A Wonder Material You Can't Get Rid Of
To anyone who's truly green at heart, San Francisco's central recycling plant is an exhilarating sight. There, tons and tons of paper, plastic, glass and who-knows-what works its way through a mountain of belts, gears and gizmos. Much of what the city throws away gets separated, classified and bundled for sale.
Recycling is a point of pride to Robert Reed of Norcal Waste Systems. When it comes to giving garbage a second life, no American city does it better.
"We like to say 'life's a mess but we sort it out,'" he told CBS News correspondent John Blackstone. "There’s a Safeway bag – it doesn't go through like the rest of the stuff."
But not everything is welcome here. Take, for instance, the ubiquitous plastic shopping bag.
"Plastic bags — they're very light and they float around," he said. "They get twisted around things. They're a difficult material. They're one of the most difficult things to recycle. The recycling business, like the garbage business, is all about tonnage. You want so many tons of aluminum cans and so many tons of paper that you can bale. And you can handle."
Put simply, it costs so much more to process the bags than can be earned from selling them that they're simply trucked off to the dump. And while a few flimsy bags don’t seem like much, they add up: Americans consume an estimated 100 billion of them every year.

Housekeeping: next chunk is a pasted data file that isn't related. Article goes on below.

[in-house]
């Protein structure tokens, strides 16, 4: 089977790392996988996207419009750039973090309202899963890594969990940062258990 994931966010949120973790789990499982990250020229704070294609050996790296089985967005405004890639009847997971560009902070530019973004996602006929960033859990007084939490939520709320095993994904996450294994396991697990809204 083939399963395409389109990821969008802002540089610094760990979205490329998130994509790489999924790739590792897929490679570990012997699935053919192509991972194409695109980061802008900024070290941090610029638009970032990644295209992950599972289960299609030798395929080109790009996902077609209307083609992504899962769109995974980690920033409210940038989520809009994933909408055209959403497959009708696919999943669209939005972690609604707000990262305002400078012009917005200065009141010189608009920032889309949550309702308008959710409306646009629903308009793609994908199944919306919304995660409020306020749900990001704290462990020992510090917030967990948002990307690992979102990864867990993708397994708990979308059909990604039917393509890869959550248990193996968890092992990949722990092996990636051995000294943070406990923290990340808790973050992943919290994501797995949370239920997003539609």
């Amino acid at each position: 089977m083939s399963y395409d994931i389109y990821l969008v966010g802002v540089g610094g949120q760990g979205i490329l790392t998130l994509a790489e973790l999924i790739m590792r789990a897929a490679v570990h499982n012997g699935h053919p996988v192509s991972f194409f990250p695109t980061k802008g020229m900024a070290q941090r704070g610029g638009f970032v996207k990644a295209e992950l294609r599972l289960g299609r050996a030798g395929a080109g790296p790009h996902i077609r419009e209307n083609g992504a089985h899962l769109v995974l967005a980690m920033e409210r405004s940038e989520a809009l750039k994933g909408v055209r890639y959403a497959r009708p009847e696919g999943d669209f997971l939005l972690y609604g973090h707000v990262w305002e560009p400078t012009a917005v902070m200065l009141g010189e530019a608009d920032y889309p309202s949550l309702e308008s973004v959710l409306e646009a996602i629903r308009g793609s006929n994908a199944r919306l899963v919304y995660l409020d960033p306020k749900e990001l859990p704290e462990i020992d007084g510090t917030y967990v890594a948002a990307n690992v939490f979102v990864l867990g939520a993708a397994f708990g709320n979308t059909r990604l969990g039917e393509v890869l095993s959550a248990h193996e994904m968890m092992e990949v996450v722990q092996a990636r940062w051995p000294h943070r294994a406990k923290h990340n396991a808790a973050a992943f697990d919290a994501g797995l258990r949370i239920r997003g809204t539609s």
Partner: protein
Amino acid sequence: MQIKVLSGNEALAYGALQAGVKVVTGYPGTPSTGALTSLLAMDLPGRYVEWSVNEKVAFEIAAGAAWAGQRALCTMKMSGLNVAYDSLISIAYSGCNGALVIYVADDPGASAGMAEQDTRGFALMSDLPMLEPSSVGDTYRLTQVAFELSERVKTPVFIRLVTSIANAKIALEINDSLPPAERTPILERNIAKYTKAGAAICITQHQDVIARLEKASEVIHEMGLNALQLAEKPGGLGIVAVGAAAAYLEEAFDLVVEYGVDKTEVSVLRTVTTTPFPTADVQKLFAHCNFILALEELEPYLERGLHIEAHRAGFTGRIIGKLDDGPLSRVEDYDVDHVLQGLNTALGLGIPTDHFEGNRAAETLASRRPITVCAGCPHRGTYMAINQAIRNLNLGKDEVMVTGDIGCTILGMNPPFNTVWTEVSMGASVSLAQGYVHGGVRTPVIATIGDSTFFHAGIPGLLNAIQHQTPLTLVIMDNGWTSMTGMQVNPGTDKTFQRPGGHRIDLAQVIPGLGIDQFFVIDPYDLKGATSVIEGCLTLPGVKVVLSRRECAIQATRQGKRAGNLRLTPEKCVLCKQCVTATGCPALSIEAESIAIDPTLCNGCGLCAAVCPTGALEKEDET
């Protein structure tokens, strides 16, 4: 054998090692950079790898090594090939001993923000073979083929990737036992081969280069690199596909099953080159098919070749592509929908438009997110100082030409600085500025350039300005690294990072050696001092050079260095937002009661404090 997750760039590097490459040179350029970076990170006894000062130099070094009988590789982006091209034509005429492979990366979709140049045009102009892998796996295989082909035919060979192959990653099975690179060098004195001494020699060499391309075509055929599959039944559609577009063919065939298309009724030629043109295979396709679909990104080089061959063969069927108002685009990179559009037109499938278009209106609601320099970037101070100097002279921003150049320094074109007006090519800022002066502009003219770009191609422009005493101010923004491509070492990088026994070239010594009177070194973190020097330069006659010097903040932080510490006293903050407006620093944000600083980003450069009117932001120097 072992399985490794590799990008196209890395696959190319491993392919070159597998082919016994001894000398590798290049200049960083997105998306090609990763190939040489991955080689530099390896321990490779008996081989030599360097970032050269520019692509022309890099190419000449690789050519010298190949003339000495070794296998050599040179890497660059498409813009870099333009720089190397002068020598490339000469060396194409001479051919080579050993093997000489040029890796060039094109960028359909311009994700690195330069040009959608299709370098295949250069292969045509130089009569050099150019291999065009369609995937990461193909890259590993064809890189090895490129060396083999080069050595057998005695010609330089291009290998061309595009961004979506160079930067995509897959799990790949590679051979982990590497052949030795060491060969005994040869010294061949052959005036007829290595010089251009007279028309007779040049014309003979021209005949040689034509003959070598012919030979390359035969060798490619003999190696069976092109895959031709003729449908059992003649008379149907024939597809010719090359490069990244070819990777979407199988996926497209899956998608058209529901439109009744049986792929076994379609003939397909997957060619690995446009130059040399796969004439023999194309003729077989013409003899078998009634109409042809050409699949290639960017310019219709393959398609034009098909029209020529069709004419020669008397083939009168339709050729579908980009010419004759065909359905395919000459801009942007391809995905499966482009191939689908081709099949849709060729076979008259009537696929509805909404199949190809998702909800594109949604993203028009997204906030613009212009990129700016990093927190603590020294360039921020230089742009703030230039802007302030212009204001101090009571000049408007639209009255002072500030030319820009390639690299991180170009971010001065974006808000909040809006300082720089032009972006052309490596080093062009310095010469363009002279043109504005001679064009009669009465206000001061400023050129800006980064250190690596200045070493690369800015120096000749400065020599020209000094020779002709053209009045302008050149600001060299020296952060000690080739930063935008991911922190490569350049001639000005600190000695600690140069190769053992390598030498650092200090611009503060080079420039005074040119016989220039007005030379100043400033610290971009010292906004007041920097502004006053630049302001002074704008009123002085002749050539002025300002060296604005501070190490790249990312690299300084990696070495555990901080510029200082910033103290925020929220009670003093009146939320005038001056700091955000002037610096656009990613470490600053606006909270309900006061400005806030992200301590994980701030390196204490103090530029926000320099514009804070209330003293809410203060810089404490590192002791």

So many bags, they seem to grow on trees, which is why in northern New Jersey, Bill McLelland and Ian Frazier invented the bag-snagger.
"It's annoying to see a bag in a tree. [Investing the bag snagger] was sort of a sport. It was something to do for fun," Frazier said.
And something to do for the environment: plastic bags blowing in the wind have become a litter problem nation-wide.
"You see a bag in a tree," McLelland said. "One bag. And you notice it. And it bugs you. And you can get that bag out of the tree. You suddenly see this tree just kind of come back to life. And you feel like, you know, you've really made a little dent in the problem."
It's a problem that's pretty clear when you see how much we send to the dump. Each of us generates more than 1,600 pounds of garbage every year. That's more trash per person than any other nation on Earth. Much of it comes from plastic bags, plastic water bottles and plastic packaging. As some see it, our love affair with plastic has turned us into a throwaway society. The plastic heads straight to landfills, where it stays for years and years and years.
It wasn't always like this.
In the 19th and early 20th centuries, when it came to trash, practically nothing went to waste. Everything from rags to scrap metal to manure found a second use. Recycling was truly the American way, says Heather Rogers, author of "Gone Tomorrow: The Hidden Life of Garbage."
"Disposability and the way that we dispose is learned — a learned behavior," she said. "We've had to be taught how to do that."
Rogers argues that today's attitudes towards trash took root in the postwar boom, when plastics were promoted as a new wonder-material: cheap, versatile and disposable.
"One of the first disposable plastic items was a rigid plastic cup that was dispensed in vending machines that sold coffee and hot chocolate," she said. "And after people consumed their drink, they had this cup left over that they clearly recognized could be re-used. And a discussion erupted in the plastics industry trade press about, 'How do we convince consumers that this product that clearly can be re-used is garbage?'"